There are companies to contact for the buses, tents, portable washrooms and all terrain wheelchairs to ensure all activities are accessible to all students. Volunteers need to be fed and identifying t-shirts and hats have to be ordered for them as well. There are schedules to coordinate for every single class. And then there’s the set up and tear down with the ever important inventory that needs to be taken and the post event debrief meeting. If all goes well, the weather cooperates. Regardless, rain or shine, students always have a good time.

A few of the school buses lined up.
Some of the many school buses that will be lined up at Kelso Conservation Area every day of the Halton Children’s Water Festival. Photo courtesy of Conservation Halton.

Continuous improvement is something that event organizers are always trying to achieve. For example, a very successful French Immersion Day was introduced in 2012 in the grade five area and has been offered ever since. In 2013, online registration was introduced. Last year, to celebrate the 10th anniversary, a contest was held for a new logo which appears on the updated website.

Students having fun.
A student participating in one of the activities at the Halton Children’s Water Festival. Photo courtesy of Conservation Halton.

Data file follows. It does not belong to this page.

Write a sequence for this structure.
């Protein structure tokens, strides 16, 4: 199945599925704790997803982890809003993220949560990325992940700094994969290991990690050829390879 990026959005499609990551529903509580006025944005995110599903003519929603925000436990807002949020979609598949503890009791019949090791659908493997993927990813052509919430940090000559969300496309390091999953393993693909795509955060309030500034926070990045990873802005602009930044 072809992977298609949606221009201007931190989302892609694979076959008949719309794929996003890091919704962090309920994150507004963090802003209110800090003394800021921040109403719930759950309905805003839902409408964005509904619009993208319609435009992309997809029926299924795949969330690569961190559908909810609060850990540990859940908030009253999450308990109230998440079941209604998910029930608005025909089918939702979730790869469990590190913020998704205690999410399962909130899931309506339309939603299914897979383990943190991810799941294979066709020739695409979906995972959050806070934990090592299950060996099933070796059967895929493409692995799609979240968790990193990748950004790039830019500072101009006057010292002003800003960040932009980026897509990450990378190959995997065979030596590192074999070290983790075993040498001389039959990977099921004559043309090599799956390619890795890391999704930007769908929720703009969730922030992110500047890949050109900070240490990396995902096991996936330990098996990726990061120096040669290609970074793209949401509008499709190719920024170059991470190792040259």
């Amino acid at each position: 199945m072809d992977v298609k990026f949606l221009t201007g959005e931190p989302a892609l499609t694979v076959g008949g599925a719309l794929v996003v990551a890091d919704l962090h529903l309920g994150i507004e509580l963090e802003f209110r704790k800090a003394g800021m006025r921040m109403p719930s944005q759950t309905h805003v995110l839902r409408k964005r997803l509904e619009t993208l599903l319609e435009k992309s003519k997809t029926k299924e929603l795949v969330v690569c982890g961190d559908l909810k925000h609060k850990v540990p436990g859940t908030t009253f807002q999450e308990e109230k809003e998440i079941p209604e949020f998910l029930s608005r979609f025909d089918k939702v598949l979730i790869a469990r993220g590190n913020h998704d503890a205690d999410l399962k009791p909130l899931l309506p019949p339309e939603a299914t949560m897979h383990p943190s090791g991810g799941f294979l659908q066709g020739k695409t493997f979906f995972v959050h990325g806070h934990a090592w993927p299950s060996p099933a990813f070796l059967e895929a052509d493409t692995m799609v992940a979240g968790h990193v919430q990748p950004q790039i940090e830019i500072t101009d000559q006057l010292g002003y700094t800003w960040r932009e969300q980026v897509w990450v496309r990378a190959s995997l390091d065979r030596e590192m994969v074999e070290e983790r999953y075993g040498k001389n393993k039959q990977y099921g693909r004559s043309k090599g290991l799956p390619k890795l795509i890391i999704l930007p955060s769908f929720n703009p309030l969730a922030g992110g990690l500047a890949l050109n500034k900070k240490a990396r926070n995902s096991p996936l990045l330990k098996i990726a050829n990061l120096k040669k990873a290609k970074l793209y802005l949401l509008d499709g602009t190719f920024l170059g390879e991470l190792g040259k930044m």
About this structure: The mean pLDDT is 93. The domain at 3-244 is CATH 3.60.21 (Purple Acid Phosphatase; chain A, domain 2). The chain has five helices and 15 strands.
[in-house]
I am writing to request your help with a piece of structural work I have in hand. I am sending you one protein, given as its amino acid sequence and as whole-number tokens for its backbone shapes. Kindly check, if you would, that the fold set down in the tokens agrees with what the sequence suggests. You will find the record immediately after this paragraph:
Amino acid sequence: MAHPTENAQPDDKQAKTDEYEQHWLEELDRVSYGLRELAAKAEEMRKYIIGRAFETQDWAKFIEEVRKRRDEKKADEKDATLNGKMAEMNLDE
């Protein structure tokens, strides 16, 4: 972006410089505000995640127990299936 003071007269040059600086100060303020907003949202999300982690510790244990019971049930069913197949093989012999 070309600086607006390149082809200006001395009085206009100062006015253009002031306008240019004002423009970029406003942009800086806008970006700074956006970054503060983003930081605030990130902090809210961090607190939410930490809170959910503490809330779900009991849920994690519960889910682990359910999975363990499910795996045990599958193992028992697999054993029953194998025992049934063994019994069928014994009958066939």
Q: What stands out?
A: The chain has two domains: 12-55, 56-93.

I will be there next week as one of the ‘area leads’ who helps to oversee a grade area. Each day, I will welcome a new group of high school volunteers, some of whom attended the festival when they were in grades two to five! While we encourage innovation at the high school training sessions, the students continue to surprise me with their imagination. I have had the pleasure of watching and learning from the high school students as they created new and successful games that we then incorporated into the scripts the following year. One year, a high school student showed up with his guitar. At first, I must admit, I was a bit skeptical as to what this person was doing with his guitar at the water festival. However, I realized that he wrote original lyrics and sang them to Green Day’s Good Riddance (Time of your Life) to help teach students about the beneficial bugs activity (microorganisms that help to break down human waste).